34

There are a variety of different species in Star Trek, from all walks of life. Humanoids, insectoids, silicon-based life-forms, the works. However, I can't seem to think of any sentient plant species from across all the Star Trek shows/films. Are there any that exist, throughout all of the canon? Examples from the animated series will also be included, in all its weirdness.

  • I do recall one of the funnier episodes of Lost in Space, but that doesn't answer your question. – Spencer Apr 17 '18 at 2:40
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    Sure. Lieutenant Broccoli. – Ham Sandwich Apr 17 '18 at 3:35
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    Weren't the tribbles sentient in a sort of hive mind, collectivist sense? Or were they animal not plant? – Ellie Kesselman Apr 17 '18 at 5:34
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    Why are there three identical answers? – ThePopMachine Apr 17 '18 at 5:43
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    Said like a true @HamSandwich. – a CVn Apr 17 '18 at 13:22
27

Phylosians from 'The Infinite Vulcan' ST: TAS S01E07 (1973)

enter image description here

It might not fit exactly, but apparently in early drafts of 'This Side of Paradise' the Omicron spores from Omicron Ceti II were a communal intelligence.

  • Infinite Vulcan on Memory Alpha – Servitor Apr 17 '18 at 4:44
  • In the context of all the possible xenobiologies, what exactly makes these guys plants? I mean, to me, the defining feature of a plant would be that it doesn't really have a fixed body plan, just a pattern, and something about maybe lacking a nervous system and musculature? I don't think these are plants, if you ask me. – ThePopMachine Apr 17 '18 at 16:28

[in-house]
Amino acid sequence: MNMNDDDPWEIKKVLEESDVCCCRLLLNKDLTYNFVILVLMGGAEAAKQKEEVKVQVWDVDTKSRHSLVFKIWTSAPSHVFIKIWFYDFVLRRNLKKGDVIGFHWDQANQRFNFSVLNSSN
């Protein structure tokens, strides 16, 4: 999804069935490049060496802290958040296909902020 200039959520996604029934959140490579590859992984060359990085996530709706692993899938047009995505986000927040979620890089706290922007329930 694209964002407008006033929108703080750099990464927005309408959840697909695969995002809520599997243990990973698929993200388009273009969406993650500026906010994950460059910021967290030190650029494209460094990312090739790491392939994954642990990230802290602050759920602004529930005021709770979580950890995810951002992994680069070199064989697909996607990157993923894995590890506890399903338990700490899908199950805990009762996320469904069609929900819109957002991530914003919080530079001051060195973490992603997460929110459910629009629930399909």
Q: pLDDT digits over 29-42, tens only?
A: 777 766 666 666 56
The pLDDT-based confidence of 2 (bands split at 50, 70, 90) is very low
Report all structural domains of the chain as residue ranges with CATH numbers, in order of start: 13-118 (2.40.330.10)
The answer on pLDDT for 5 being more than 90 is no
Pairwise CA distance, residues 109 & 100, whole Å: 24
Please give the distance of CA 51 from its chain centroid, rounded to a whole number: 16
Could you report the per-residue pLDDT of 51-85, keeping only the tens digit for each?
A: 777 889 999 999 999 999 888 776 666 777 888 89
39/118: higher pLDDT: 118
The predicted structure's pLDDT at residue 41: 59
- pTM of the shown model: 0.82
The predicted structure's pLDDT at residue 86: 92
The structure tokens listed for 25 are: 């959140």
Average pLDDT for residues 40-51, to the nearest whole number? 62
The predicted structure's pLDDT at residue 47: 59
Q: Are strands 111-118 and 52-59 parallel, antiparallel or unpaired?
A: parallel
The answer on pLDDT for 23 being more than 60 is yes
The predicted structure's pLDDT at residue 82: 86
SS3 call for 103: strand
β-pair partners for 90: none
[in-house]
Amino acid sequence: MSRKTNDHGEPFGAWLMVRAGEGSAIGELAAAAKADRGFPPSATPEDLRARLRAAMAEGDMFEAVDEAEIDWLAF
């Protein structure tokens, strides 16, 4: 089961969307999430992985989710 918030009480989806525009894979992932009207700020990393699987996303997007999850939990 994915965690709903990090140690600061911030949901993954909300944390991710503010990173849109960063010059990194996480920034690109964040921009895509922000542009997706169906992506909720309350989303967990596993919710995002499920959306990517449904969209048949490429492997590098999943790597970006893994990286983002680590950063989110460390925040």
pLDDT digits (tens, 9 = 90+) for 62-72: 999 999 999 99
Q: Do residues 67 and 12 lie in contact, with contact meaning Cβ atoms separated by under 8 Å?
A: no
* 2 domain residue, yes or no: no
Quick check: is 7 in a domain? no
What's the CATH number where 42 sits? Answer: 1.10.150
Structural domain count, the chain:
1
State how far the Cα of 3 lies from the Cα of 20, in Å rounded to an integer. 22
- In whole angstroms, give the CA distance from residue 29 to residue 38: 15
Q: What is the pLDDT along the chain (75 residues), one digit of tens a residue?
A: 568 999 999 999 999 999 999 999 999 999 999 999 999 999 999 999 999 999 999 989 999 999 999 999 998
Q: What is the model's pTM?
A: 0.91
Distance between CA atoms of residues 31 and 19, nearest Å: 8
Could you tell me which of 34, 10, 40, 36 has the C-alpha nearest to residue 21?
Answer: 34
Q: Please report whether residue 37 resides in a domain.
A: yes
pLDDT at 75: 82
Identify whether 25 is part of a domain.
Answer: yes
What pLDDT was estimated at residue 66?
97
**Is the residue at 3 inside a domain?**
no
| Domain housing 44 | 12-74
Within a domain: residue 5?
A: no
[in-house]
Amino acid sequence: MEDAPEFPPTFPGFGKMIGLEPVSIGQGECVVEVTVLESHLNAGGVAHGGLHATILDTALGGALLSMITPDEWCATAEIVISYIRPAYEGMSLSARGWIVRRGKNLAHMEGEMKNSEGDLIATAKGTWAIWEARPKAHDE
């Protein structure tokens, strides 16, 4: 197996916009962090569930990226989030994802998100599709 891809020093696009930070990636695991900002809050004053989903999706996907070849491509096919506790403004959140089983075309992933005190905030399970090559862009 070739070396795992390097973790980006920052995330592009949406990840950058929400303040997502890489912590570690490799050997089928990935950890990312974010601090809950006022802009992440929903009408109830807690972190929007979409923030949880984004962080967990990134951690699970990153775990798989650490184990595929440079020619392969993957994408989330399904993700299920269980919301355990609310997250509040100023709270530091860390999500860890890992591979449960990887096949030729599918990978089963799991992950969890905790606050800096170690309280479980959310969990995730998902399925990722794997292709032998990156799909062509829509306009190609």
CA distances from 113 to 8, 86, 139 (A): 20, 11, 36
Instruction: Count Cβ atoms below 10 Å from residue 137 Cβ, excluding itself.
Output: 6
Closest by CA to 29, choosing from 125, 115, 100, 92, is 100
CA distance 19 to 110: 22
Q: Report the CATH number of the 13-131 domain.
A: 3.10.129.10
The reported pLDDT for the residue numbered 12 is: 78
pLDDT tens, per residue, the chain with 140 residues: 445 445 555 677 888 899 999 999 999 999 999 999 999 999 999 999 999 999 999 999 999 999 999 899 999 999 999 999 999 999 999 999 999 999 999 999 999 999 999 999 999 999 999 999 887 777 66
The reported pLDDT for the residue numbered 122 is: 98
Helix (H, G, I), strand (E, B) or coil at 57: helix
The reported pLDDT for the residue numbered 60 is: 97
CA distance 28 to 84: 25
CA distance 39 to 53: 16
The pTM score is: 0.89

• @ThePopMachine: that's a completely separate issue to the question asked. – wcullen Apr 18 '18 at 0:13
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    @ThePopMachine Biology cares naught about your definition and opinion. Especially fantasy alien biology. Even on Earth life doesn't fit into convenient little boxes like that. They're artifices to help humans organize. And don't forget that we already have moving, carnivorous plants here. – zibadawa timmy Apr 18 '18 at 0:17
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    @zibadawatimmy, sure. But in the context of what plant means on Earth, we can appeal to common lineage. In the context of exobiology, it really raises the question of what being a plant, even means. I'm raising the issue, not proposing a definition. – ThePopMachine Apr 18 '18 at 2:46
14

Since the animated series counts, there are the Phylosians:

enter image description here

They kidnap Spock and make a 25-foot tall clone of him.

  • Infinite Vulcan on Memory Alpha – Servitor Apr 17 '18 at 4:45
  • In the context of all the possible xenobiologies, what exactly makes these guys plants? I mean, to me, the defining feature of a plant would be that it doesn't really have a fixed body plan, just a pattern, and something about maybe lacking a nervous system and musculature? I don't think these are plants, if you ask me. – ThePopMachine Apr 17 '18 at 16:28
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    @ThePopMachine I don't know about real world definitions, but the episode repeatedly refers to them as plants, so as far as Star Trek universe is concerned they're plants. – toothpanda Apr 17 '18 at 18:37
13

In the TNG episode Shades of Grey, Riker is attacked by a vine that demonstrates a basic level of sentience. It attacks living things, but not Data, and writhes when they cut off its thorn.

enter image description here

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    Nothing is this answer at all indicates sentience to me. I see a vine that can detect organic molecules and tries to escape when injured. Purely mechanical. – ApproachingDarknessFish Apr 17 '18 at 17:54